When health is unaffordable

In the ever-changing world of advice for a healthy diet — last week eggs were horrible for you; this week they are an important source of protein — the journal Lancet has thrown a new wrinkle into the conversation. The problem is not so much all the unhealthy things we DO eat, like red and processed meats, tons of salt, sugary drinks, trans-fats, etc. The problem is more about what we are not eating.

Among the examples given were whole grains, seeds, nuts and fruits — though even in this shifted thinking, too much salt is still a problem.

In fact, according to Lancet, one in five deaths globally in 2011 was because of a lack of those kinds of foods. (Others on the list include vegetables, milk and other foods high in calcium, legumes, omega-3 fatty acids in seafood, and other foods higher in polyunsaturated fats.)

Fantastic … have you ever gone to the grocery store and looked at the difference between a basket full of things like ramen noodles, 80/20 ground beef and 25-cent drink mix packs; and brown rice/quinoa blend, salmon and bottled water? Throw a few avocados, almonds and clementines in there and you’ve racked up quite a grocery bill. Not the healthiest thing for your wallet, if you’re on a budget.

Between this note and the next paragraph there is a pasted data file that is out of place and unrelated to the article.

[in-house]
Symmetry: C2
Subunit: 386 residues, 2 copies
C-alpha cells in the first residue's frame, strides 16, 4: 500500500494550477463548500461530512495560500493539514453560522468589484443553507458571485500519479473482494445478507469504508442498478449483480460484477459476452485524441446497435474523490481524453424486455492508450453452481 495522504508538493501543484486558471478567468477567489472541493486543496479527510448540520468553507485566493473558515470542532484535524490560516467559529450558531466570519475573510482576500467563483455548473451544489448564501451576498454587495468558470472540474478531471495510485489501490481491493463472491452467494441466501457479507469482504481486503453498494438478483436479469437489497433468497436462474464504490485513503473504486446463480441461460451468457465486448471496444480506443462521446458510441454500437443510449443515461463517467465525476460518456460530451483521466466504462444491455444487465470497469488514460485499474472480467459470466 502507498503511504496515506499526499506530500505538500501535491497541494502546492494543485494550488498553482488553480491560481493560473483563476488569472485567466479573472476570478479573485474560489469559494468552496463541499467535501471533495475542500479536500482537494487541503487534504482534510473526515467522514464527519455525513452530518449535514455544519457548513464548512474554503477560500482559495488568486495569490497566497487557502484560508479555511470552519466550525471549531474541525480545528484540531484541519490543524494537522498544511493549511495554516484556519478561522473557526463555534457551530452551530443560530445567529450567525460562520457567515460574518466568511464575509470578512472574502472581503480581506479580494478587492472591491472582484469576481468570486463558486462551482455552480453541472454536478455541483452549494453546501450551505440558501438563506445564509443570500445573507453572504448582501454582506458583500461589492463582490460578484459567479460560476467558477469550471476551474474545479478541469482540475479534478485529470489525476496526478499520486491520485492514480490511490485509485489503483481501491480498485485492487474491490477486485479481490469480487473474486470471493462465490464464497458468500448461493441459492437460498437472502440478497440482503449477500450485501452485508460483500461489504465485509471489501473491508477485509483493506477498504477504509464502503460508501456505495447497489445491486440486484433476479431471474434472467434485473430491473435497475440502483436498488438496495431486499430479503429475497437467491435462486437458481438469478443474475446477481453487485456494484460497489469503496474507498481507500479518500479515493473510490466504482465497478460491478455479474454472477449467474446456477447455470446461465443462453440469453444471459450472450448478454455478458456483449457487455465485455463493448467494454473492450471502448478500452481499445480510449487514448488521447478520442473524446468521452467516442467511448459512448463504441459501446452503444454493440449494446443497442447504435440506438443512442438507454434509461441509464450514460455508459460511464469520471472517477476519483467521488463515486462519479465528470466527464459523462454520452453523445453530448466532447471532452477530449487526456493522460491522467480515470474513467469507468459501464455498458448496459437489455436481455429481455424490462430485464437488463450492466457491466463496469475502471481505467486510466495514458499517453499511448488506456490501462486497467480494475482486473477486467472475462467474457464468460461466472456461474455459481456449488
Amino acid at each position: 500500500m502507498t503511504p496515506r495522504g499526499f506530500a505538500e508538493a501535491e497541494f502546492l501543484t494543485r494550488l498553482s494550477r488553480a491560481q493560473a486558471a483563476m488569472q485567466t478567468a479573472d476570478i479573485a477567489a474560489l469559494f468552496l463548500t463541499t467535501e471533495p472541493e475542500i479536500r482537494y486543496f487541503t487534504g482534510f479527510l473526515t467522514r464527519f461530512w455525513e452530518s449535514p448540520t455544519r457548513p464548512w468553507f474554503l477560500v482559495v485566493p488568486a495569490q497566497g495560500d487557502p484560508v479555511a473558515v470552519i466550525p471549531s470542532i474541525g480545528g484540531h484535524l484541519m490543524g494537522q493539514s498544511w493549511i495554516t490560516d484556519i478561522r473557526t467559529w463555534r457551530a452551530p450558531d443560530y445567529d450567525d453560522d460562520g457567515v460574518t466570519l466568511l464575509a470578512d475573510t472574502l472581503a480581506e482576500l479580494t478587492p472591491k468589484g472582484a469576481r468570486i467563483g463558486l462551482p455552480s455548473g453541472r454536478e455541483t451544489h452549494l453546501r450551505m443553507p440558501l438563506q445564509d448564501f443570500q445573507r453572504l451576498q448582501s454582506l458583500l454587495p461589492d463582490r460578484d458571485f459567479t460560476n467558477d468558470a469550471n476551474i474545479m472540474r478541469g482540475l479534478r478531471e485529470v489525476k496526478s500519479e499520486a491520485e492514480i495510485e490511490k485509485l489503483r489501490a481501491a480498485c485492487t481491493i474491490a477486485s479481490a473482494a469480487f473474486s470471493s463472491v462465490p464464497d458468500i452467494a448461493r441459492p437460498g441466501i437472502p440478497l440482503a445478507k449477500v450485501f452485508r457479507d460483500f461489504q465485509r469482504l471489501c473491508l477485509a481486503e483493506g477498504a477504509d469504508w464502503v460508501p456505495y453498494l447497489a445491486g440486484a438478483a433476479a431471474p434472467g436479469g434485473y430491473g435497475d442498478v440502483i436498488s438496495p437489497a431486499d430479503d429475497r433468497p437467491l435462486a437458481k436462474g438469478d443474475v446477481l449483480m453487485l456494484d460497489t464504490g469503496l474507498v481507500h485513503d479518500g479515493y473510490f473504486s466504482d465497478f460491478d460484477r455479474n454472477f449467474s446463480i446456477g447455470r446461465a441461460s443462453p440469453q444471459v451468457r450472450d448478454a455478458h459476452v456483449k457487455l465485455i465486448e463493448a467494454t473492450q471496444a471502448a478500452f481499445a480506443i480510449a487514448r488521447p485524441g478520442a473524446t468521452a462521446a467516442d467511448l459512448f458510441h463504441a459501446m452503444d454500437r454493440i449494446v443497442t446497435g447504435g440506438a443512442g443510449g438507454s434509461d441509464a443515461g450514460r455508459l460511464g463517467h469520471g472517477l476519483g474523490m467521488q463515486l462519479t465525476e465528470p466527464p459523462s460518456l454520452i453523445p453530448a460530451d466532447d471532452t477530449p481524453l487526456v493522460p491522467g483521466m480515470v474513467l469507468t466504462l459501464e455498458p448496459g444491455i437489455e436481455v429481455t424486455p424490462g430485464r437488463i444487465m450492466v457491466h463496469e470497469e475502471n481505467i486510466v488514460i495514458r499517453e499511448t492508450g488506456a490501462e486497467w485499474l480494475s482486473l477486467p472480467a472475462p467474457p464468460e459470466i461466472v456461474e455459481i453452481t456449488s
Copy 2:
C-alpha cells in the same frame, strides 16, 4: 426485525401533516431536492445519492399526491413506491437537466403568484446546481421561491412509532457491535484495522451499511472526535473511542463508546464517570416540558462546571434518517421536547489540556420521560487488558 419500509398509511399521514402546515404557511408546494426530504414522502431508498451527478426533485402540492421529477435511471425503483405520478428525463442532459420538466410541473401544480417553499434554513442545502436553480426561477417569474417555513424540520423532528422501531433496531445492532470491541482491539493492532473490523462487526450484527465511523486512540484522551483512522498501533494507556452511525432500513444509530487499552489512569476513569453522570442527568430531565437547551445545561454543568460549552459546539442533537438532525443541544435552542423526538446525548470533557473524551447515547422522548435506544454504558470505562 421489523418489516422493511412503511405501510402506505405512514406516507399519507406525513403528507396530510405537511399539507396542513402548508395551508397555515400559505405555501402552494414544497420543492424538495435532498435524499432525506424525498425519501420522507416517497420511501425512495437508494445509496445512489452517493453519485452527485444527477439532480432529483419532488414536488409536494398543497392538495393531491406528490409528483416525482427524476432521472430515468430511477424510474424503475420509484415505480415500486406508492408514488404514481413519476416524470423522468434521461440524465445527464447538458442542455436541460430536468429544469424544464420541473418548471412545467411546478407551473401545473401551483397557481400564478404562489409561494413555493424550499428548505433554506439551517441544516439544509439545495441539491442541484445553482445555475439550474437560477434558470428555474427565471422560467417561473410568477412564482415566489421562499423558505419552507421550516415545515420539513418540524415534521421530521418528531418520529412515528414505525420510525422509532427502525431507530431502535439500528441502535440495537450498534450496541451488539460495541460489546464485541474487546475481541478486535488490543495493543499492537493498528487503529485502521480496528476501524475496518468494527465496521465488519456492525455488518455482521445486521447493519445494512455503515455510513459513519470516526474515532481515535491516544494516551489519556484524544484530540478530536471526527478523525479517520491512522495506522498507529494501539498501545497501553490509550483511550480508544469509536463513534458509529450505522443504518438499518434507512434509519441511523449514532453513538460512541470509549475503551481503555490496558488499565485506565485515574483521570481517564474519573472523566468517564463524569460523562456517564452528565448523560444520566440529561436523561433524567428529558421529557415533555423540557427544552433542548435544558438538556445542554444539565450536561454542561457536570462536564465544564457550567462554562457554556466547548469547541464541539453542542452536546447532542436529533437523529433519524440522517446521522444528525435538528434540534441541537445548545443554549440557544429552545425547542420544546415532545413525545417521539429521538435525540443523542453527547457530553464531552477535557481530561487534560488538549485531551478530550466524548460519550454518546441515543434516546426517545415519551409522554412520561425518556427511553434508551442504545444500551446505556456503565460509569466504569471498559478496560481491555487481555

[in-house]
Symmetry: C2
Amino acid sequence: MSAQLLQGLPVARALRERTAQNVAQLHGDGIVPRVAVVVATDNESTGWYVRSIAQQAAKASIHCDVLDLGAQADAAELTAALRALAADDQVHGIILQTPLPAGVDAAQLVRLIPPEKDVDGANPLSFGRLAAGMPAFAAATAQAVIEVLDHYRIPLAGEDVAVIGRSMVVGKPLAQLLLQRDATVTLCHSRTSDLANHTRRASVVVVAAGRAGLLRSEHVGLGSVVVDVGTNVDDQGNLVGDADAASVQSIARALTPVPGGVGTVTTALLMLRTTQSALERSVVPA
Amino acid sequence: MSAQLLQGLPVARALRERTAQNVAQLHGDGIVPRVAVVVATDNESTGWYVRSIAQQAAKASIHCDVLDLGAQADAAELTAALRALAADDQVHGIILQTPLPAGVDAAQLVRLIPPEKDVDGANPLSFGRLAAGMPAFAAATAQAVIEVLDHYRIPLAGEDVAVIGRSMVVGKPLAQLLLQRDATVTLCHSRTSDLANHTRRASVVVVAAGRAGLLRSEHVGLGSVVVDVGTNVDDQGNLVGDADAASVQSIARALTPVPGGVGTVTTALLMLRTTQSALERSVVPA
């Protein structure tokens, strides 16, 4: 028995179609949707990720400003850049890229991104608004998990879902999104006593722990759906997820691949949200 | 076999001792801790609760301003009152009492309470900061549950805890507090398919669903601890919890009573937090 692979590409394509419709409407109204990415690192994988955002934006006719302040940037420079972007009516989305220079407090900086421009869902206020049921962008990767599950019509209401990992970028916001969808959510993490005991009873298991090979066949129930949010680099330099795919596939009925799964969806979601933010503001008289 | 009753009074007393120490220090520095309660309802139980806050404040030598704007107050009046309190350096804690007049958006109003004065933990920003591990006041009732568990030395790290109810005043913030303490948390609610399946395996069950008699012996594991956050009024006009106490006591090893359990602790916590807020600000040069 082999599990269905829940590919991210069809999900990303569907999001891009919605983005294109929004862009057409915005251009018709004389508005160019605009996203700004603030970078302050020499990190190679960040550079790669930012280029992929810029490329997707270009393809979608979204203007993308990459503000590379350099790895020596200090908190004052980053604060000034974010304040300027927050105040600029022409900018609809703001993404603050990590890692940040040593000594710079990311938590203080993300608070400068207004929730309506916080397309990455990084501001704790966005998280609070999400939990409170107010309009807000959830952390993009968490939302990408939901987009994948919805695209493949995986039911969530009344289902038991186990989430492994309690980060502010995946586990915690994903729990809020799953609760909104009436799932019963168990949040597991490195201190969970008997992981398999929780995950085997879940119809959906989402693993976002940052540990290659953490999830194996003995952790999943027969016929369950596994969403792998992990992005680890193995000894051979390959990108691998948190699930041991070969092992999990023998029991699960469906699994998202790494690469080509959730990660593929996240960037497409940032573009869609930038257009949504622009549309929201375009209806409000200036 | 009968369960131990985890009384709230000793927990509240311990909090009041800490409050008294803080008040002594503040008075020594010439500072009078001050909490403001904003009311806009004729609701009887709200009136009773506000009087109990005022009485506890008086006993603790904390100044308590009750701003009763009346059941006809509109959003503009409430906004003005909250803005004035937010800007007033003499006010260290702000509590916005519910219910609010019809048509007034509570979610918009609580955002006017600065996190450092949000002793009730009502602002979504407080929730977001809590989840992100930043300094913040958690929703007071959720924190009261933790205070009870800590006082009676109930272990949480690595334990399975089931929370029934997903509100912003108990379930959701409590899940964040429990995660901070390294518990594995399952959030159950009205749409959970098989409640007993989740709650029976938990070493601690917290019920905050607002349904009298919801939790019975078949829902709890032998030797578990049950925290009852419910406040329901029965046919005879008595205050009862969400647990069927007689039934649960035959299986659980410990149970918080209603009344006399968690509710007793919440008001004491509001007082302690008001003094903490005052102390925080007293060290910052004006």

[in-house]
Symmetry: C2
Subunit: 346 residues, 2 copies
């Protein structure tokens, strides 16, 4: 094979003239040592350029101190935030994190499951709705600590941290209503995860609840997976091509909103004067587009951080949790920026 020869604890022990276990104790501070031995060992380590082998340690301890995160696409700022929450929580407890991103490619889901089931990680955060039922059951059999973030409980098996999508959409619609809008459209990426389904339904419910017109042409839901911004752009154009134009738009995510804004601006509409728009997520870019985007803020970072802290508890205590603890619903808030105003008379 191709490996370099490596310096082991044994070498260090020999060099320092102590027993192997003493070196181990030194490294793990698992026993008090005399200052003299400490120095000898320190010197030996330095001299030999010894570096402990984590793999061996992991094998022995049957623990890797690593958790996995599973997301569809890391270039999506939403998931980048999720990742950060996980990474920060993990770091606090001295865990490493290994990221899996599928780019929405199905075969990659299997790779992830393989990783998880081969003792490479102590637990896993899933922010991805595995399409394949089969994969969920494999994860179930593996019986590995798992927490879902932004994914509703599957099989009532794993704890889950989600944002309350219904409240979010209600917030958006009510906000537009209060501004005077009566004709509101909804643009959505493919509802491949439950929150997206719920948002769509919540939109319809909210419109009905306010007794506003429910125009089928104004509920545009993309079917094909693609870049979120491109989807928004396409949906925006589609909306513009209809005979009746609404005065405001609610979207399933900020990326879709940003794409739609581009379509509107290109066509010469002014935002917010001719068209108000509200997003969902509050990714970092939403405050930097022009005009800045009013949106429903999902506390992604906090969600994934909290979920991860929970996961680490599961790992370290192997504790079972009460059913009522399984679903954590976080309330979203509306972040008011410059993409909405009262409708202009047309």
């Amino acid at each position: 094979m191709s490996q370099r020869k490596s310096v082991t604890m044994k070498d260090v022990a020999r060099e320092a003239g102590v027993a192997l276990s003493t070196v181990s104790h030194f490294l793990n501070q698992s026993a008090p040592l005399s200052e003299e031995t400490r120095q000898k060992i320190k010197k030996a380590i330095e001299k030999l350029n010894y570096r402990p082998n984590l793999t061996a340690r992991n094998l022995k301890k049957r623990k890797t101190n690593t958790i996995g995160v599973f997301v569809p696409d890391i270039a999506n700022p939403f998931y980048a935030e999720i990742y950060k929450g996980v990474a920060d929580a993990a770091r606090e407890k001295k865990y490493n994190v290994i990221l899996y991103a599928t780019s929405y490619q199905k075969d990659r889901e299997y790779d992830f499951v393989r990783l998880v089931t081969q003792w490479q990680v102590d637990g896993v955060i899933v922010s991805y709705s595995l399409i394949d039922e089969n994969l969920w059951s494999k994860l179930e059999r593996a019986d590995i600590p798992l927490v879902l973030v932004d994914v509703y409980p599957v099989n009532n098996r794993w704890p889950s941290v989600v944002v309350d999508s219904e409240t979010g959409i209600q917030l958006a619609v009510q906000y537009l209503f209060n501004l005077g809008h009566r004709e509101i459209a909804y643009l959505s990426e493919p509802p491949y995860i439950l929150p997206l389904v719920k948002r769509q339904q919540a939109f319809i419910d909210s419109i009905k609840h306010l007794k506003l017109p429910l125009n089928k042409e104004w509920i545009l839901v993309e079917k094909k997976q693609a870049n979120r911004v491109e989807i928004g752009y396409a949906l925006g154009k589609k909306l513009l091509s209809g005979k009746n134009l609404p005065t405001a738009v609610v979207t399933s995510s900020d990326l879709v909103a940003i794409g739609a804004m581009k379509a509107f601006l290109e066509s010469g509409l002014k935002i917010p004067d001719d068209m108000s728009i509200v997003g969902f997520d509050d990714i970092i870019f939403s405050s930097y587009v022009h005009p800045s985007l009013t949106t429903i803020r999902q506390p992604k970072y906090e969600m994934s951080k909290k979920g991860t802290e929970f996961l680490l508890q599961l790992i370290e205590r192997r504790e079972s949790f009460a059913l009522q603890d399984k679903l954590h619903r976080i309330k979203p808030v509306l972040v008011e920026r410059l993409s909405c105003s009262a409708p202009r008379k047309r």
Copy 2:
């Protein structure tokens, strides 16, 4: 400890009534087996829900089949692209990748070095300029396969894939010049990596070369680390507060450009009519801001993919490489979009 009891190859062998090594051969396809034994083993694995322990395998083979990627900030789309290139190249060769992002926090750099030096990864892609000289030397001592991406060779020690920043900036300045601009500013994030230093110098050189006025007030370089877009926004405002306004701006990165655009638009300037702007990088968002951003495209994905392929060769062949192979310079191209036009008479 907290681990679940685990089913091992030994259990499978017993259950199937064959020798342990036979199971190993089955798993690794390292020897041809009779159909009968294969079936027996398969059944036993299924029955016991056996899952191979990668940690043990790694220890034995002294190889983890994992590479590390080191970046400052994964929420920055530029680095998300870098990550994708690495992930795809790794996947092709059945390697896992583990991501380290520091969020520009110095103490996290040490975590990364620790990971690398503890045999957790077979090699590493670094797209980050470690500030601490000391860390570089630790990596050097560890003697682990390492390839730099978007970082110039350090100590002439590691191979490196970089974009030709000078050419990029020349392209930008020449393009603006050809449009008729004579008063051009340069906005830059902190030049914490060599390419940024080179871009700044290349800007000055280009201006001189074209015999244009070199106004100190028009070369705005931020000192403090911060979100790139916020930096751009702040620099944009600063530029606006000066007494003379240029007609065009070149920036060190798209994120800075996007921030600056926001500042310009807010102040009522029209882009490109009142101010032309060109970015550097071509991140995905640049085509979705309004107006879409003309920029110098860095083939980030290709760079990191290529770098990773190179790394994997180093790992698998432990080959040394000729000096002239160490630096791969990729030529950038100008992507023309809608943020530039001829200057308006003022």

It would be nice if some of these studies came with recommendations from economists and policymakers about ways to make the healthy stuff more affordable. This particular report was funded by the Bill and Melinda Gates Foundation. I hear they might have a connection or two.

There is too much talk about awareness and education, changing what is available to kids in schools, modifying habits, and the like; and not enough talk about finding a way to make those kinds of foods accessible and affordable in places like, oh, say, West Virginia.

Now, to be fair, there are plenty of people in the Mountain State who do have the access and the money to include more of those foods in their diet and avoid it. Try getting someone who is a fearful/picky eater to taste an avocado for the first time.

It doesn’t matter how much money you have to spend when your fully adult palate is still tuned to chicken nuggets and french fries dipped in ranch dressing. That IS a matter of parents who are able helping their kids learn to appreciate a variety of foods and be brave in trying new things. But I digress.

The U.S. ranks 43rd in terms of diet-related deaths. Israel, France, Spain, Japan, and Andorra have the fewest. According to the study, the biggest problem in the U.S. is a lack of whole grains in most people’s diets. Again, have you ever noticed the difference in the price for a basic white bread versus a multi/whole grain bread?

If you have plenty of money for grocery shopping, please, go try some new things. Add a few of those healthy options to your list. You won’t regret it. Just typing this has made me hungry for a sliced avocado or a spoonful of pomegranate seeds.

But more importantly, if you have influence; if you are a decision-maker for a grocery store, or a supplier, for example; or if you are a policymaker who could adjust regulations … start thinking about this. Start figuring out how we can make it easier for those with less to spend on food to eat healthier — all year long.

Christina Myer is executive editor of The Parkersburg News and Sentinel. She can be reached via e-mail at cmyer@newsandsentinel.com